The Verse’s Jake Francis lets us know what he thought of the Black Mirror: Art as Social Satire event at the Saatchi Gallery in London.
We’ve all been there, haven’t we? That familiar scene where a conversation with a semi-familiar group of people and perhaps, too many drinks, suddenly morphs into a domestic minstrel show; Toby wrapping a tea towel around his head and donning a middle-eastern accent that would even make the writers of The Only Fools and Horses blush. Alas, the now peer-scolded Toby and his self-professed claims that it’s all ‘a bit of fun’ and merely a stance within ‘social satire’ falls hollow; as does his remarks of our sanctimonious political correctness.
For social satire is much more than casual racism in wittier clothes, it is an integral part of interpretative critique – one that transgresses borders regardless of culture and zeitgeist. Yes, despite my own personal resentments for political correctness and it’s associated rigidity – it’s hard to argue that a lot of what is classed as social satire, is not so. True social satire, to quote its official definition, depicts the ‘foolishness or vice in humans, organisations, or even governments – it uses sarcasm, ridicule, or irony.’ It has been paramount in our rationalisation of the context and events that occur within our times – and has, fairly or unfairly, commonly been pigeonholed into a realm of excuse, diversion, and ulterior motive.
Thankfully, this tainted imperative of human expression has been granted a new platform to recover its former glory. Guised under the title ‘Black Mirror: Art as Social Satire’, this group exhibition has taken residence at London’s Saatchi Gallery – perhaps the most fitting venue for it, when one considers its proprietor’s tastes in contemporary art collecting. Consisting of 26 artists, the exhibition follows its institution’s grandiose traditions – boasting an impressive concoction of paintings, installations, interactive works, sculptures, and more to boot. Spread across over 10 self-contained galleries, the exhibition treats its visitors to an ever-shifting, rarely boring, a barrage of wit and visual review; a gift that was evidently capitalised on for the vast majority alongside my visit who were yet to diarise their day via Instagram stories.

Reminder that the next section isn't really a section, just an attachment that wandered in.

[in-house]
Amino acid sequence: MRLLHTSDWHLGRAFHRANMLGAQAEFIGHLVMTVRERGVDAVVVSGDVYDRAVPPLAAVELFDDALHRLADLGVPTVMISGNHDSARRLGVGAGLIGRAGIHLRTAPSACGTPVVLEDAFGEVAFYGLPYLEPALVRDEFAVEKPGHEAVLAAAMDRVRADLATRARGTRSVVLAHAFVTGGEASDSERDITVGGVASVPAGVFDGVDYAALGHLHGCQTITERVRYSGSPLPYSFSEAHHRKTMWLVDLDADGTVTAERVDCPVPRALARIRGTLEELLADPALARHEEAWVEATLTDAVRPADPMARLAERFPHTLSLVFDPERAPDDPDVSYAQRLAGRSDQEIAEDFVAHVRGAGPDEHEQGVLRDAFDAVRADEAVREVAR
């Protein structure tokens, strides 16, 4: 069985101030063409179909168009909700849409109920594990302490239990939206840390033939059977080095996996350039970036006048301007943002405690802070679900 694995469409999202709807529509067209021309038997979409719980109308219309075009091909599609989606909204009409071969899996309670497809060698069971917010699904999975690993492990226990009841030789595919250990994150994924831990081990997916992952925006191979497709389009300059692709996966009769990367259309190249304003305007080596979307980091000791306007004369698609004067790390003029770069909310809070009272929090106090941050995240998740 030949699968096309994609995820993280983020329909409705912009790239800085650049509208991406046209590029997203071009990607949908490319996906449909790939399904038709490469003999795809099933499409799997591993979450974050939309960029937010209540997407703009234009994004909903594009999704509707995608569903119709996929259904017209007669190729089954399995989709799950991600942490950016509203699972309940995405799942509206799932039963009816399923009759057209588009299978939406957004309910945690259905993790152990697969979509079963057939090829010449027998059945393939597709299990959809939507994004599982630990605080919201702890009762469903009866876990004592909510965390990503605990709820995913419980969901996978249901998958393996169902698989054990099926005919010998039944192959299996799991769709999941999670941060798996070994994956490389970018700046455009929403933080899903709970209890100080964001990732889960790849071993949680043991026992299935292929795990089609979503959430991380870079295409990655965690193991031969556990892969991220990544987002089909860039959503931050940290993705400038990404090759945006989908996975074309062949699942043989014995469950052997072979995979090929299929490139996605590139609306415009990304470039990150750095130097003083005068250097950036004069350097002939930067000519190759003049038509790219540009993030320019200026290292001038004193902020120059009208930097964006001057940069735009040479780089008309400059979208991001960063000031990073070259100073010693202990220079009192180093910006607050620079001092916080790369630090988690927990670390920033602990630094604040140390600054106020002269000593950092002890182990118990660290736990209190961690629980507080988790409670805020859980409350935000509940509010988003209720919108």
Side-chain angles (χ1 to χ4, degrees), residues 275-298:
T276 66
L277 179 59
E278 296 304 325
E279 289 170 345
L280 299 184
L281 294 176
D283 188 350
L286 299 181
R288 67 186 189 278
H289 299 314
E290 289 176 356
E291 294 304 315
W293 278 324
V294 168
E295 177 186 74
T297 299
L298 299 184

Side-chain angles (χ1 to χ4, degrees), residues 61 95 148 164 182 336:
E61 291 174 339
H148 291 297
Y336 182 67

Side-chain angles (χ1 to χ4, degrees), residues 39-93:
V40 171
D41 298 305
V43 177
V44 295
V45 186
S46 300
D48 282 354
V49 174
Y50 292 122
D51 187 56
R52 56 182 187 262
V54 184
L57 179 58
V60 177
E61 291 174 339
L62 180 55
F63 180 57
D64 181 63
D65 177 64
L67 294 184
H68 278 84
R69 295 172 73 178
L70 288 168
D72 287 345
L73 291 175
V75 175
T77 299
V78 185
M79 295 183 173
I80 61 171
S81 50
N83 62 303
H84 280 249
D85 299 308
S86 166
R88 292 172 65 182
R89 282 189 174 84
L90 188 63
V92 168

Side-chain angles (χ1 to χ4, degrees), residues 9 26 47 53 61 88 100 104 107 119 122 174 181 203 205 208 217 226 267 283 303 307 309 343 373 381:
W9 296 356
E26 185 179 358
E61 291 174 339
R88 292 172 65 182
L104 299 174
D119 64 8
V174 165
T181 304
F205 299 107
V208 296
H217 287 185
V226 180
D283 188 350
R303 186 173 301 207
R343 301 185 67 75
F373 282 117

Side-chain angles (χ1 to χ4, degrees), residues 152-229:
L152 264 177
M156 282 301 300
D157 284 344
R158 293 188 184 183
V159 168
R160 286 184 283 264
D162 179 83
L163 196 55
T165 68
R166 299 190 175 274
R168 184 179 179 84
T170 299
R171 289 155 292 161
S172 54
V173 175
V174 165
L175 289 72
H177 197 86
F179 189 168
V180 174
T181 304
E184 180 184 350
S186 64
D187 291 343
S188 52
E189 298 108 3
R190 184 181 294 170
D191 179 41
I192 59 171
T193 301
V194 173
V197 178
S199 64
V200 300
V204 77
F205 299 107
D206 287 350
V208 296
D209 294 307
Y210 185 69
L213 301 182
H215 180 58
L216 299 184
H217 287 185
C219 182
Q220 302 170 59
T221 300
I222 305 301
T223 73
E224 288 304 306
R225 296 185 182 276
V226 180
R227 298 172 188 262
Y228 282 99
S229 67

With such a bulk of styles, themes, and aesthetic choices, it should go without saying that a detailed account is far beyond what a Verse article would allow (and my writing skills could facilitate). With that said, I will try my best to present you an even keel review; a motivation that is perversely denied in ironic brilliance by a gargantuan amount of the artists throughout the exhibition.
On entry to Gallery 1, the highlights are domineering and undeniable. Sat amongst the strangely alluring, yet mute paintings of Michael Cline, are the sculptures/installations ‘Walk a mile in my shoes’ (2006) and ‘Cash Cow’ (2012). Conceived by Bedwyr Williams and Jade Townsend, respectively, the works offer a striking interruption within lingual ambivalence and art world transgression. Williams’ installation brings an autobiographical account to a communal idiom, with multiple pairs of size 13 shoes tagged and nestled in a shelving unit that commonly represents a trip to the bowling alley.
Humorously offering his (often) over sized-footwear to visitors for an individual try, the artist wears his heart on his sleeves (shins) – questioning the potentially damaging assumptions associated with that other idiom of social awareness, ‘if the shoe fits…’. Townsend’s sculpture arguably sets its sights on a more ‘exclusive’ target – the art market, institution, and the ‘sub-world’ each of them operates within. The work depicts a sort-of convincing set of male legs holding a red painting with faded/semi-comprehensible statements about sex and smutty acts; a slow-burning critique of gender imbalance and contemporary worth, if one is to put in the time looking. With a title like ‘Cash Cow’, it’s hard to deny that some rather large bones are being picked, here; Townsend, however, proves that to go for the jugular is not nearly as satisfying in retaliation.